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Exams and Tests

If you are pregnant, you will have your first prenatal tests during your first trimester. Every woman has her blood tested at the first prenatal visit to see what her blood type is. If your blood is Rh-negative, it will also be tested for antibodies to Rh-positive blood. If you have antibodies, that means that you have been sensitized to Rh-positive blood. The antibodies can now kill Rh-positive red blood cells.

If you are Rh-negative and your partner is Rh-positive, your fetus is likely to be Rh-positive.

If you are pregnant or have miscarried, or if you have had an elective abortion, a partial molar pregnancy, or an ectopic pregnancy, you will need testing to see if you have been sensitized to Rh-positive blood.

If you are Rh-negative

All pregnant women have an indirect Coombs' test during early pregnancy.

  • At the first prenatal visit, your blood is tested to see if you have been previously sensitized to Rh-positive blood. If you are Rh-negative and test results show that you are not sensitized, a repeat test may be done between 24 and 28 weeks.
  • If test results at 28 weeks show that you have not been sensitized, no additional tests for Rh-related problems are done until delivery (barring complications such as placenta abruptio). You will also have a shot of Rh immune globulin. This lowers your chances of being sensitized during the last weeks of your pregnancy.
  • If your newborn is found to be Rh-positive, your blood will be screened again at delivery with an indirect Coombs' test to see if you have been sensitized during late pregnancy or childbirth. If you have not been sensitized, you will have another shot of Rh immune globulin.

If you are sensitized to the Rh factor

If you are already Rh-sensitized or become sensitized while pregnant, close monitoring is important to determine whether your fetus is being harmed.

  • If possible, the father will be tested to see if the fetus could be Rh-positive. If the father is Rh-negative, the fetus is Rh-negative and is not in danger. If the father is Rh-positive, other tests may be used to learn the fetus's blood type. In some medical centers, the mother's blood can be tested to learn her fetus's blood type. This is a new test that is not widely available.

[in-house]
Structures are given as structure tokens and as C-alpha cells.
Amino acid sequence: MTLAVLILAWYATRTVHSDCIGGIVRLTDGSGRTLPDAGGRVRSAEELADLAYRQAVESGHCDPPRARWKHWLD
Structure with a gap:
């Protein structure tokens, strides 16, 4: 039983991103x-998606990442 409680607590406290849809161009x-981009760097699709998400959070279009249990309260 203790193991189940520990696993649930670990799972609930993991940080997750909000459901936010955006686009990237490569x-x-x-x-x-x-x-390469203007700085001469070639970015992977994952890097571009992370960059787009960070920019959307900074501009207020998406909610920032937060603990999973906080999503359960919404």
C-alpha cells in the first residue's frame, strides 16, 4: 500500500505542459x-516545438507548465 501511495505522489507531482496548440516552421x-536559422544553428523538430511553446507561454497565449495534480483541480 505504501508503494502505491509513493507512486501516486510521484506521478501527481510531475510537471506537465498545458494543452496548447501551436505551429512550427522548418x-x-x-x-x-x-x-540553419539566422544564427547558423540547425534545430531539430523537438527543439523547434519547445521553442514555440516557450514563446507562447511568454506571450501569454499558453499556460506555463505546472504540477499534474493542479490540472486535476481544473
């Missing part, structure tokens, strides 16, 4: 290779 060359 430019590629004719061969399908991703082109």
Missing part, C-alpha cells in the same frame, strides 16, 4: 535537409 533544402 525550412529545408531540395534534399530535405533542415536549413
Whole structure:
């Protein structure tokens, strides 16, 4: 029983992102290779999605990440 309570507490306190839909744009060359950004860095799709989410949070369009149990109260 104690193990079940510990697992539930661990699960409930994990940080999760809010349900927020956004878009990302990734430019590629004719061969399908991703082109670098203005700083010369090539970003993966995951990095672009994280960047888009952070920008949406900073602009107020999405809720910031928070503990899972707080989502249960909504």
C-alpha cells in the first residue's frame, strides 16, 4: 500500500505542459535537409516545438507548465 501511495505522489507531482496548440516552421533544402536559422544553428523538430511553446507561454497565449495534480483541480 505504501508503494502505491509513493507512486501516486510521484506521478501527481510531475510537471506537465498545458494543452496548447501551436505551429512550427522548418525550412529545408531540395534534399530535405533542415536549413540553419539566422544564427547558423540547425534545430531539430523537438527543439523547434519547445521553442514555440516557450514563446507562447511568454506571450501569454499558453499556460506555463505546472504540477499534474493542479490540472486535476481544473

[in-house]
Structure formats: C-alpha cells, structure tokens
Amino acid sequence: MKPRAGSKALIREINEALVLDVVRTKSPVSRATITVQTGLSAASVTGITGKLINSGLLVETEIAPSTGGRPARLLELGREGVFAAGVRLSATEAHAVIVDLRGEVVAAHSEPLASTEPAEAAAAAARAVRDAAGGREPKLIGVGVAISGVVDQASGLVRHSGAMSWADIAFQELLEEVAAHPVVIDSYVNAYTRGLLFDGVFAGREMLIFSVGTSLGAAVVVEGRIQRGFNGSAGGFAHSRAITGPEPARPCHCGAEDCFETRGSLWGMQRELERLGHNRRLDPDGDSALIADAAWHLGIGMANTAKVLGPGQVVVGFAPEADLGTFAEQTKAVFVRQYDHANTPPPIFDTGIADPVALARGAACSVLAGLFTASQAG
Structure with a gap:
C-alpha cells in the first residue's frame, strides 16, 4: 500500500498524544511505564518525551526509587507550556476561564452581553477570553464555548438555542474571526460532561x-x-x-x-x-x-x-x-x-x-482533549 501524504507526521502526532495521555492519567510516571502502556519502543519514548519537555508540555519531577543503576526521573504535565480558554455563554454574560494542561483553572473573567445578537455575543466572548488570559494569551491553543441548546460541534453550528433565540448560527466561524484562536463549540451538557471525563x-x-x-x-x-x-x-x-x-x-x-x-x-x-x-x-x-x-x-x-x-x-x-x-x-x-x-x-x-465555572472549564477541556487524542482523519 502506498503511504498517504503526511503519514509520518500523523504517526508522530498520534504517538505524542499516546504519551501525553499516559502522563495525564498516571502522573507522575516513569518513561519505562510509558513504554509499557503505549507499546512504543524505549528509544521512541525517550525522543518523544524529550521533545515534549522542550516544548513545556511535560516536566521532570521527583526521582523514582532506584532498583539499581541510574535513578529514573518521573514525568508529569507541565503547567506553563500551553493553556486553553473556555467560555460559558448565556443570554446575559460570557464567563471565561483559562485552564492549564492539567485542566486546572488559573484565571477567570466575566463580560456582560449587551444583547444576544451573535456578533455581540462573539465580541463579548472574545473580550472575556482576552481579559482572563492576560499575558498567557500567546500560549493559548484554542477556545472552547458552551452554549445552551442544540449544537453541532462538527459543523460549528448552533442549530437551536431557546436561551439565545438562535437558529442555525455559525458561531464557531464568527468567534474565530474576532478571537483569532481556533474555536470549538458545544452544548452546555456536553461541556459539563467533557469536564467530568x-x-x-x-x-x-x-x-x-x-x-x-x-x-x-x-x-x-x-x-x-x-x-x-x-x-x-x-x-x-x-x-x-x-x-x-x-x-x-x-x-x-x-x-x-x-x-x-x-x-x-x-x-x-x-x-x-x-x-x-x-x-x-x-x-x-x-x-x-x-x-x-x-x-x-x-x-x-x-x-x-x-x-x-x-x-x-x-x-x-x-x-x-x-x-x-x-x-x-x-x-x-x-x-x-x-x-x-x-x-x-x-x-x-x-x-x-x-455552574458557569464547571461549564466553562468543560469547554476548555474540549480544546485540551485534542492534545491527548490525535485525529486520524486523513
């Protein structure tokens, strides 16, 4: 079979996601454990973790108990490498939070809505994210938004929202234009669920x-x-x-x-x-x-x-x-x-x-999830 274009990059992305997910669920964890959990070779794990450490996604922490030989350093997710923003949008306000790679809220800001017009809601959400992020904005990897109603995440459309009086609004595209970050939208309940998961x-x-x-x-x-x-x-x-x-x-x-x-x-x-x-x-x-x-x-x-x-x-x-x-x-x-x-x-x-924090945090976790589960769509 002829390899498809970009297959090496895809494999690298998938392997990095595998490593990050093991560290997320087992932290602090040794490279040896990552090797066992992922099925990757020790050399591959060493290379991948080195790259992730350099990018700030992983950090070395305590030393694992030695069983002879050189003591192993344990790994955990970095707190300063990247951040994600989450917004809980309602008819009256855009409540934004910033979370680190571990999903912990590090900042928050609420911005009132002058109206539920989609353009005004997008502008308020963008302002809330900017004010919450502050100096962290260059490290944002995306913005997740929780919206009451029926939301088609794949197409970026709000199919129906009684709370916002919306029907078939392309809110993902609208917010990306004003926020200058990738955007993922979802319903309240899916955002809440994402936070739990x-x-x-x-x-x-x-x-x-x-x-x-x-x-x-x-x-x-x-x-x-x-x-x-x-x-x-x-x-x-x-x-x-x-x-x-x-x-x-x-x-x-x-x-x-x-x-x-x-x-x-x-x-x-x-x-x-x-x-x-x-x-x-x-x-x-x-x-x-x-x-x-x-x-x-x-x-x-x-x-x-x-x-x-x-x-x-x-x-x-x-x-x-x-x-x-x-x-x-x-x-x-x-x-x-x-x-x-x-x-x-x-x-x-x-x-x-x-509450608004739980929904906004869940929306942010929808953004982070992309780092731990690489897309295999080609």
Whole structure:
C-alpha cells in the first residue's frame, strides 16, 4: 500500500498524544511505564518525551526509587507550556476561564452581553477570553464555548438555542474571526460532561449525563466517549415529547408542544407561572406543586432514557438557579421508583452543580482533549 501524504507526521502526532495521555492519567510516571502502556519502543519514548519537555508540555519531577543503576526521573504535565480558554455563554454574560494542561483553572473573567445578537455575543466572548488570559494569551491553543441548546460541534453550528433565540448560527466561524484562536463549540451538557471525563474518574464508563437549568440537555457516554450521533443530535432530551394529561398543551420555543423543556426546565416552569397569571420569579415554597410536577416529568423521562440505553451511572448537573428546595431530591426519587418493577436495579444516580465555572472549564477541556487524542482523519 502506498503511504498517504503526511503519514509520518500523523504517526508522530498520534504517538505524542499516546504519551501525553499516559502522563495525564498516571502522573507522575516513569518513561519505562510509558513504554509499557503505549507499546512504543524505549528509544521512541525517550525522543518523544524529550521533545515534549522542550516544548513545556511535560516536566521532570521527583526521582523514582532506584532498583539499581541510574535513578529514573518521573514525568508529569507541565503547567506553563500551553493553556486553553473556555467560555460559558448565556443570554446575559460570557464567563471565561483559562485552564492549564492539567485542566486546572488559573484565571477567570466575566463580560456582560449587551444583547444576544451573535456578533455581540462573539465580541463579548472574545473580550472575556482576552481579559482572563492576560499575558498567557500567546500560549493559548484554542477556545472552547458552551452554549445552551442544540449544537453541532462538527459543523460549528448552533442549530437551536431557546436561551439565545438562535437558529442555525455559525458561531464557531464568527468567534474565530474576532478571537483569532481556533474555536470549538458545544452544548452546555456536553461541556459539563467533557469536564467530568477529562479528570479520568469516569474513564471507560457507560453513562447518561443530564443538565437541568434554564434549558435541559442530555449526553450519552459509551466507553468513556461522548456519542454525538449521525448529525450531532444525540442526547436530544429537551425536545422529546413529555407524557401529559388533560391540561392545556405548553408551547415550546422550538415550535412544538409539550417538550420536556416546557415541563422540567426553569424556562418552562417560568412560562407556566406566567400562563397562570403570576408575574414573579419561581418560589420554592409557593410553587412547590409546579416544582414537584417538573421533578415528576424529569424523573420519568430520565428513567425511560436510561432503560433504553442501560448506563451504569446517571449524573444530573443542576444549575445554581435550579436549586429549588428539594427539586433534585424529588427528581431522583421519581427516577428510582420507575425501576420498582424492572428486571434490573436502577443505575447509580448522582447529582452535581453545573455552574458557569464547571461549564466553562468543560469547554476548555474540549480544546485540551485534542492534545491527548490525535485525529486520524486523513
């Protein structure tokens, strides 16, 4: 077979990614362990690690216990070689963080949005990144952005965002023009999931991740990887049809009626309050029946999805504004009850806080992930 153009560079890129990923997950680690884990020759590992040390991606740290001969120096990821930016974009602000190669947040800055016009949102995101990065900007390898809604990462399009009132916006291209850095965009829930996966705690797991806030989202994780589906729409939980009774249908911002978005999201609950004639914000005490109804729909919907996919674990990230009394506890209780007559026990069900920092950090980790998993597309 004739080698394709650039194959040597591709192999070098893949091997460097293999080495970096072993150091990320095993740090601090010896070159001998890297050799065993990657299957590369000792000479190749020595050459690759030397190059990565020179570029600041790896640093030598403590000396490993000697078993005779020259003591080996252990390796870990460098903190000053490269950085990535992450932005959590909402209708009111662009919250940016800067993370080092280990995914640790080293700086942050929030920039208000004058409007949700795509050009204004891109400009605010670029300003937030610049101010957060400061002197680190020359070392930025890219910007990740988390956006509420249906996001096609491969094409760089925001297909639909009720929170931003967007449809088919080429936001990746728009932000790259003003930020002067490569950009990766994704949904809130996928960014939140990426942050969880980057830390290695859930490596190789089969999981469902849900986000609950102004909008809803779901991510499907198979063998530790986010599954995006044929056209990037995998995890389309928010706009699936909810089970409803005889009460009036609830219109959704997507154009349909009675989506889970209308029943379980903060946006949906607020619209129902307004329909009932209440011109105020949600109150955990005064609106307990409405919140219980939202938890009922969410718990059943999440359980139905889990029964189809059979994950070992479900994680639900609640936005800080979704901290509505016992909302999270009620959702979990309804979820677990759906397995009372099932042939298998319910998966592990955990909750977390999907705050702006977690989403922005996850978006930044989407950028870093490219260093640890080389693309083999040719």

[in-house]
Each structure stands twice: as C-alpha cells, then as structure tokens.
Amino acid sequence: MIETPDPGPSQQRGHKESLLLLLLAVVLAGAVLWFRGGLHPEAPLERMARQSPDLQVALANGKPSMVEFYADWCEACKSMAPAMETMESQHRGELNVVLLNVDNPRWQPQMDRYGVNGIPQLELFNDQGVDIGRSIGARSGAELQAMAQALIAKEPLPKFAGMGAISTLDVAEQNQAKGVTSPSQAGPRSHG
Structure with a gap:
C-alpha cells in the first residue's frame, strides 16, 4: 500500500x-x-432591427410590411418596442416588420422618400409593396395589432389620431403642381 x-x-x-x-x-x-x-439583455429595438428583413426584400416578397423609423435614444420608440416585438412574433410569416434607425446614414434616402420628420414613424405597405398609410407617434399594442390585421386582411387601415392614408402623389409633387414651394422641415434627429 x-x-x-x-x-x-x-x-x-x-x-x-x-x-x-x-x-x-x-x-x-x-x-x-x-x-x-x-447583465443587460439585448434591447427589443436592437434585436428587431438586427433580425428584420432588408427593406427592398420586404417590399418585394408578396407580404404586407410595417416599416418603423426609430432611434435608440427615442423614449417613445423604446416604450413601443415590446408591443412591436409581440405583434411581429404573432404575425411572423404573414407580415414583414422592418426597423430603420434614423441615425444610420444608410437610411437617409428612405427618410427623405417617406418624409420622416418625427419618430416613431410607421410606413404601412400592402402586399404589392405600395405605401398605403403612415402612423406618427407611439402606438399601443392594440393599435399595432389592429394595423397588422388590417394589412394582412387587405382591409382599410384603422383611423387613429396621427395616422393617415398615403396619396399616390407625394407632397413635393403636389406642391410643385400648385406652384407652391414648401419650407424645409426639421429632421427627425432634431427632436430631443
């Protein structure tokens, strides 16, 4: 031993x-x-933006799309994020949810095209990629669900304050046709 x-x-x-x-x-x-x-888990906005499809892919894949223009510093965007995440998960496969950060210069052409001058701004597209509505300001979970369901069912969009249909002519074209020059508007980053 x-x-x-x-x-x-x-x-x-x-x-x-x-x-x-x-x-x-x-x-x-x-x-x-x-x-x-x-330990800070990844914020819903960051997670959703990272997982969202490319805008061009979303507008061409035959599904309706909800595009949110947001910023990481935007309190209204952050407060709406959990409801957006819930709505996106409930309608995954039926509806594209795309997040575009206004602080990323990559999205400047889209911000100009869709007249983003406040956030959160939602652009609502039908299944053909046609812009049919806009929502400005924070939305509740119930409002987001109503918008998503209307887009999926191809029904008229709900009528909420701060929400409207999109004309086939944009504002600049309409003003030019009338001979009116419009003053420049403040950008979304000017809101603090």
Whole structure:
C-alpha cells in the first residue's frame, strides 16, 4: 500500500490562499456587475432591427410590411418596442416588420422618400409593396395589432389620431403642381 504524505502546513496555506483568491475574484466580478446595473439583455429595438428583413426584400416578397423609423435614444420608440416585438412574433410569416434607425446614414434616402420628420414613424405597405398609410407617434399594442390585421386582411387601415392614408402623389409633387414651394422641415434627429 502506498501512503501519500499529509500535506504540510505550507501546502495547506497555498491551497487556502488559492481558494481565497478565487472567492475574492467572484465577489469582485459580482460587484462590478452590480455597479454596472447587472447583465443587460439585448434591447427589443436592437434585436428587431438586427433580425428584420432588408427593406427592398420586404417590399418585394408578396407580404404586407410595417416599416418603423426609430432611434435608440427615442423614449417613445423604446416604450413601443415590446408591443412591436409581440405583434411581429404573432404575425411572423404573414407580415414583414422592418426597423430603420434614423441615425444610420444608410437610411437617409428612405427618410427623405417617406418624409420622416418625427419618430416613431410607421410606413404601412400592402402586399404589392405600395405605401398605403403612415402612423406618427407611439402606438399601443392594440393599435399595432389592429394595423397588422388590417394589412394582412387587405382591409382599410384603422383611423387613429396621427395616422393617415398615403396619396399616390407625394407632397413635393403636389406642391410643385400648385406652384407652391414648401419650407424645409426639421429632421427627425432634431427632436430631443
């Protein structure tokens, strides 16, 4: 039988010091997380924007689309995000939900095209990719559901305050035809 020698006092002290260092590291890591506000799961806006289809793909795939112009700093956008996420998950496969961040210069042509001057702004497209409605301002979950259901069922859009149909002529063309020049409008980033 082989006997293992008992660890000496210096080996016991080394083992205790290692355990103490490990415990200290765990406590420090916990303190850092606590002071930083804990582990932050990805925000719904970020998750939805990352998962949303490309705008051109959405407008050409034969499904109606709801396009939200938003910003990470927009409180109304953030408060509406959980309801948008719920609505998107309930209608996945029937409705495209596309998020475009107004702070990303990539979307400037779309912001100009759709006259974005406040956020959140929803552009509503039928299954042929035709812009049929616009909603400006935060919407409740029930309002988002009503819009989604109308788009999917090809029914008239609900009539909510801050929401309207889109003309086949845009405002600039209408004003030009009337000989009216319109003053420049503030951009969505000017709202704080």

• An indirect Coombs' test is done periodically during your pregnancy to see if your Rh-positive antibody levels are increasing. This is the typical course of treatment for most sensitized women during pregnancy.
  • Fetal Doppler ultrasound of blood flow in the brain shows fetal anemia and how bad it is. At a medical center with Doppler experts, this test can give you the same anemia information as amniocentesis, without the risks.3
  • Amniocentesis may be done to check amniotic fluid for signs of fetal problems or to learn the fetus's blood type and Rh factor.
  • Fetal blood sampling (cordocentesis) may be done to directly assess your fetus's health. This procedure is used on a limited basis, usually for monitoring known sensitization problems (as when a mother has had previous fetal deaths, or when other testing has shown signs of fetal distress).
  • Electronic fetal heart monitoring (nonstress test) may be done in the third trimester to check your fetus's condition. Unusual fetal heart rhythms detected during a nonstress test may be a sign that the fetus has anemia related to the sensitization.
  • Fetal ultrasound testing can be used as a pregnancy progresses to detect sensitization problems, such as fetal fluid retention (a sign of severe Rh disease).

WebMD Medical Reference from Healthwise

Last Updated: October 20, 2011
This information is not intended to replace the advice of a doctor. Healthwise disclaims any liability for the decisions you make based on this information.
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